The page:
In May, I will be participating in my second National Eating Disorder Awareness Walk, an annual fundraiser and day of support for individuals, their families, support systems and anyone who knows anyone with an eating disorder. While I have never suffered from eating disorder specifically, the statistics around eating disorders and poor self-image are enough to inspire me to do something. Today's focus is self-care and inner beauty. This is a post in a series.
When I think about inner beauty and how it is uniquely ours and no one else's I am reminded of Colbie Caillat's song and corresponding music video for "Try". It's not the only recent song with a message of individuality and inner beauty but it is a pretty powerful one. What I love about the video and message behind the song is that it softly encourages us to examine what it is that we do to please other people and their definition of beauty when, at the end of the day, all we need to be is happy with ourselves.
It's a message that is certainly easier said than done. Until recently, the self-love I thought I was practicing was really just different versions of someone else's. My downtime was dictated by the downtime of others, my self-esteem was connected to the self-esteem of those I interacted with most and the frequency at which I operated was entirely dependent on what I thought was expected of me. It was an exhausting and unsatisfying cycle and because I was in this pattern of assuming that everyone else was doing it "right", that I must be doing it wrong. And I was.
Our self-love and self-esteem habits are like a muscle, they must be practiced and encouraged to be improved and mastered. Our inner self is what makes us beautiful to us and fulfills us and gives us the confidence and strength to rise and meet challenges. I'm not a medical professional, these are just things I know. So how do we get there? How can a self-care habit manifest itself in our inner beauty? There are lots of ways but here are some to try;
Focus. First thing in the morning I try to think of one thing out of that day. Some might call this "setting your intentions" but I think of it in even simpler terms. Sometimes this is "I want to take a 20 minute walk at lunchtime", other times it is, "I want to e-mail a new brand to work with" and even still it can be, "I want to come home and sleep for ten hours tonight". All are valid, important and meaningful goals that will satisfy me and make me feel good and that is all that matters at the end of the day. It is also inspiring knowing that each moment that passes throughout the day, I am one step closer to achieving my goal or, in some cases, have time to set a new one.
Meditate. Finding stillness and slowing down the hum of the day is one way to help you refocus. For me, meditation is both a time for me to calm my mind and also provides an opportunity for me to slow things down enough to have that moment when mid-heads-or-tails, you know for yourself what it is you really want or need. I enjoy doing this before bed as I naturally try to find peace with my day.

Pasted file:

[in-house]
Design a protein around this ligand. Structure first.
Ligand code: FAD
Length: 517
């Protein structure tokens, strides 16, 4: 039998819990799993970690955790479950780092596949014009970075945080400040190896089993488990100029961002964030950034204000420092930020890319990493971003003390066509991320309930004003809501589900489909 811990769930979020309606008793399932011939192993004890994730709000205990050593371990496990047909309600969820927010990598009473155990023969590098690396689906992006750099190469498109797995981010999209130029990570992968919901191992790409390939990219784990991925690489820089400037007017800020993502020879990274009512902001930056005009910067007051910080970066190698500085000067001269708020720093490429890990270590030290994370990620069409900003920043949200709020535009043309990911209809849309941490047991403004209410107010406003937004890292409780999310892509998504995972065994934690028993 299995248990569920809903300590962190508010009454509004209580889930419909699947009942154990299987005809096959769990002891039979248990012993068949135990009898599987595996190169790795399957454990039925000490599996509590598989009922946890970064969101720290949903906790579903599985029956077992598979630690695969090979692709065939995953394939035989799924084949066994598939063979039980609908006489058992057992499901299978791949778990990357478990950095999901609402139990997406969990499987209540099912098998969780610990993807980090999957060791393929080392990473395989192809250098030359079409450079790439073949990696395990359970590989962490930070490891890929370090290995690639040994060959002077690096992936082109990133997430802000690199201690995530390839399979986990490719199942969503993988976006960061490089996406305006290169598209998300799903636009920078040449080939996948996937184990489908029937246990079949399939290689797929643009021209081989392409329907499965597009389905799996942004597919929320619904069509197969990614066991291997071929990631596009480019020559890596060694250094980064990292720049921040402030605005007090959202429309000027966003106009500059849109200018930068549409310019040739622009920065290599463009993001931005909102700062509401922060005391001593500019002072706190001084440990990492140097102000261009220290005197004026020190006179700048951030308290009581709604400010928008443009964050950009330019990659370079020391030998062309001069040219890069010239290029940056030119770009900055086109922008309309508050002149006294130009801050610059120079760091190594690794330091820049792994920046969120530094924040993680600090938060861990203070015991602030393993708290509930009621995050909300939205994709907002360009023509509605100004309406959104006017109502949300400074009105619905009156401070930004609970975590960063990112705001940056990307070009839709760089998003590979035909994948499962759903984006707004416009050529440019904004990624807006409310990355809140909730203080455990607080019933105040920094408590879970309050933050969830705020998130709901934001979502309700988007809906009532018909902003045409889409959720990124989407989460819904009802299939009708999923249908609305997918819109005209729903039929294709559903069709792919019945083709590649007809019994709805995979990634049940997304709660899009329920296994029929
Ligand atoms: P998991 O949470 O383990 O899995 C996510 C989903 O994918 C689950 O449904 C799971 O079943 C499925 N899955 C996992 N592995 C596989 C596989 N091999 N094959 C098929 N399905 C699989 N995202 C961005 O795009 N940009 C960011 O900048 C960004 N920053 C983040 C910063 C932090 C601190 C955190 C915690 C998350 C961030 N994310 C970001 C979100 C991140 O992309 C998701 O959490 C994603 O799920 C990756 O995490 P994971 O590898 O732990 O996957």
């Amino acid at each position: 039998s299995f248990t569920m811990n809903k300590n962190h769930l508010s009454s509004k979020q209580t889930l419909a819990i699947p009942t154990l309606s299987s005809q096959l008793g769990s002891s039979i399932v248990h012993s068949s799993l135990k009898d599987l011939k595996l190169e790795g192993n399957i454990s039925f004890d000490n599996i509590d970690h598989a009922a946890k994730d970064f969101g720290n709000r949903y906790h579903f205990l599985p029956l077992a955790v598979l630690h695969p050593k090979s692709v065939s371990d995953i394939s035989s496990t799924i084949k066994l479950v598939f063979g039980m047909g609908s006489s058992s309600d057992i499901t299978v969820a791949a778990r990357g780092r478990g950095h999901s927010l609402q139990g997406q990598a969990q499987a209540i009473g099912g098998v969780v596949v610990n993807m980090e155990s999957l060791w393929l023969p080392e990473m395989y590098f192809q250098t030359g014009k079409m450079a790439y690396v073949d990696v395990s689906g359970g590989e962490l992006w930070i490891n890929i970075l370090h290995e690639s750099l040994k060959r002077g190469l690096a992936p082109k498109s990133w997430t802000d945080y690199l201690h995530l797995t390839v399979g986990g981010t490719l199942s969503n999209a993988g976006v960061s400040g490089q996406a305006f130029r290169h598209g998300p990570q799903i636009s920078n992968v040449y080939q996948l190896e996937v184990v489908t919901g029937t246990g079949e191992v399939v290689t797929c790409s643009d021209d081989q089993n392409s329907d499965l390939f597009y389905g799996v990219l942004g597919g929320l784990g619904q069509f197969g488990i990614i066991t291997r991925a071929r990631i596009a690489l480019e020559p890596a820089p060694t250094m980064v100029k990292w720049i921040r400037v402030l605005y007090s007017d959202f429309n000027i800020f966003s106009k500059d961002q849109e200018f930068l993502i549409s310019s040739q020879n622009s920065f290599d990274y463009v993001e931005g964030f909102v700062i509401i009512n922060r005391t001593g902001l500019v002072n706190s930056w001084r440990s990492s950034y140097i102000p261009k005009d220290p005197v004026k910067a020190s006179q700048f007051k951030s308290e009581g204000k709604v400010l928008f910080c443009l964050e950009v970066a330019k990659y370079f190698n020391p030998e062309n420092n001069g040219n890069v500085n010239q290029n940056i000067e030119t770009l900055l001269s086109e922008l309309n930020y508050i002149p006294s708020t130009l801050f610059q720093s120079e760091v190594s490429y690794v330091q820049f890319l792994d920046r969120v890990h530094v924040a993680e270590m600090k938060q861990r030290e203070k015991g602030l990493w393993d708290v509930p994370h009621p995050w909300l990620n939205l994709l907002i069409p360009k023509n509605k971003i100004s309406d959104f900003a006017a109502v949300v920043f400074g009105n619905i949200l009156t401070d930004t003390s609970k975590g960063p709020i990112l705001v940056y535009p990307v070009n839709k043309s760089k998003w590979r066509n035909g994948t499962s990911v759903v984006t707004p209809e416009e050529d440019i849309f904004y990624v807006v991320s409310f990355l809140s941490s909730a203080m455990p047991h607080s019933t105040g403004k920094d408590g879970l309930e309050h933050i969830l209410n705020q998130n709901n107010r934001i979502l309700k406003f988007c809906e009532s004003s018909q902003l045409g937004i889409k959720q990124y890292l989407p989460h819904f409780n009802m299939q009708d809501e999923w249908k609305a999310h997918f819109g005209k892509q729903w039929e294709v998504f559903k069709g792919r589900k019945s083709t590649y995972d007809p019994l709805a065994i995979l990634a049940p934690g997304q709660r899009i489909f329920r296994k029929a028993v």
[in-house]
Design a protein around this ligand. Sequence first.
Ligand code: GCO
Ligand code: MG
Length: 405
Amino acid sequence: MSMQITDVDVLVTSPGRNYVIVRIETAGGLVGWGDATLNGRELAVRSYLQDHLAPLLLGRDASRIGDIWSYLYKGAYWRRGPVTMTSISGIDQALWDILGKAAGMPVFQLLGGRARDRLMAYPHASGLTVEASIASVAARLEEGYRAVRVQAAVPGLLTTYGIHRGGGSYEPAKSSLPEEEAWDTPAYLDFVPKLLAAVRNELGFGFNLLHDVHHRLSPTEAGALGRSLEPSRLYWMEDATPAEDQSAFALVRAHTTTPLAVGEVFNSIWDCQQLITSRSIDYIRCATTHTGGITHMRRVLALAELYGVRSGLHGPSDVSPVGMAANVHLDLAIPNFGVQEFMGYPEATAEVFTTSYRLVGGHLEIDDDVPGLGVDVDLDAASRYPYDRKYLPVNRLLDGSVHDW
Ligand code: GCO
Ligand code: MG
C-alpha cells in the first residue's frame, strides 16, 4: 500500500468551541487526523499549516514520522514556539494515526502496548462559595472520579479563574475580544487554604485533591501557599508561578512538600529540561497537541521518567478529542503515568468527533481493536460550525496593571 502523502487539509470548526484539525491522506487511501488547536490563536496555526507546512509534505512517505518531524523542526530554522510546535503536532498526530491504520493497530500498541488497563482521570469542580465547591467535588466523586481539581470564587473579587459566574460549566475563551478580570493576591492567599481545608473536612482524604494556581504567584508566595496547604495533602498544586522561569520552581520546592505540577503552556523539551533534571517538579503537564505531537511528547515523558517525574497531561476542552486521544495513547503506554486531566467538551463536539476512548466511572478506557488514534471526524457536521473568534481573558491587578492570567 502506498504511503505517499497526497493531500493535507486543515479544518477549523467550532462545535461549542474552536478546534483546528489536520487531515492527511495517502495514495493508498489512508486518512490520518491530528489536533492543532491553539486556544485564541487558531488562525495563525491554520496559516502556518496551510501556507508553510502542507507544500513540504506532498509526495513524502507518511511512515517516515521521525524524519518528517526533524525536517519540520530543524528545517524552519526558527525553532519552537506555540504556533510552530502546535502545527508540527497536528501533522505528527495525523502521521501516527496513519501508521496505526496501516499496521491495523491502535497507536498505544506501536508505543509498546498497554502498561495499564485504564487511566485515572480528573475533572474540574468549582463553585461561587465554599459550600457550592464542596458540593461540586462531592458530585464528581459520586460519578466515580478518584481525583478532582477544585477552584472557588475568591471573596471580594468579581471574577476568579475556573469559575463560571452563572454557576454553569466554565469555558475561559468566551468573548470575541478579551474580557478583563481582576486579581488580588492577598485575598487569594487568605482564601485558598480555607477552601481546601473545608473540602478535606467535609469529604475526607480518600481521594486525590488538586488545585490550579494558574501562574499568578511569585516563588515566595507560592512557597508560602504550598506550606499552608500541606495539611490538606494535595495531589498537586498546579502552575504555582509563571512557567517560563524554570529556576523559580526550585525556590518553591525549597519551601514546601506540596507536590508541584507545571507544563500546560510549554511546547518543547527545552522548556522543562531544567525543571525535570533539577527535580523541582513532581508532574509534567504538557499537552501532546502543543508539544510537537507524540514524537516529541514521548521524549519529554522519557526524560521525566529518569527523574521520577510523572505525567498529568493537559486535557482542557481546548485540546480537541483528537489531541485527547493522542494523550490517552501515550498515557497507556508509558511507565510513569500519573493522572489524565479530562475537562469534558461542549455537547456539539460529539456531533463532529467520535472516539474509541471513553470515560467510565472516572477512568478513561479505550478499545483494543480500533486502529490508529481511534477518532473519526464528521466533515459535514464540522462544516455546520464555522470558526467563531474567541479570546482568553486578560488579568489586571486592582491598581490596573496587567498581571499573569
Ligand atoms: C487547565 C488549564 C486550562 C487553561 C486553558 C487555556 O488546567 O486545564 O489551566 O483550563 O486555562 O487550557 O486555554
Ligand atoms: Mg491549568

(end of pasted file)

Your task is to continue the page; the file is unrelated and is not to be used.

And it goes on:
Process. One thing I am working on is to become better at not letting setbacks derail me. I used to try to ignore problems or crises and just move passed them but lately, acknowledging them (or even the voice in my head telling me, "This thing you're doing is a failure because it isn't seamlessly going the way you want"), looking for solutions and refocusing on a new plan has helped me to cheer myself on a new path instead of being stuck or longing for the old one. Sometimes things don't go the way we want because we're so close to figuring out a new and better way.
Reflect. In a way that fosters the least regret, reflecting on an activity or day is a constructive way to consider alternative methods but most importantly, the victories of any particular event. I used to subconsciously practice reflection in a way that was not healthy or helpful for my development professionally or personally and now I have become much better at celebrating the wins I am responsible for. It has made me much better at appreciating myself and my skills which is especially important in moments of failure.
Appreciate. The idea of making a list of all the people who contribute to my success as a colleague, as a creative and as a human every single day, I would probably feel as anxious as someone at a red carpet award show who is afraid they'll forget someone in their speech. From the person who graciously stops to let you know at an intersection on your ride to work to the stranger who holds the door for your on your way out of the office to all the people in between (your officemate, your sister who texted you out of the blue, your best friend who made reservations for your weekend get-together...), each of these people are relationships that need to be acknowledged and thanked. Your gratitude doesn't need to cost a lot. A simple, "Hey! I think you're really good at your job" or a "thank you", goes a long way and will make you feel nurtured when your relationships have been tended to.
And if you're so inclined, you can give to my fundraising efforts for the 2018 National Eating Disorder Awareness Walk here.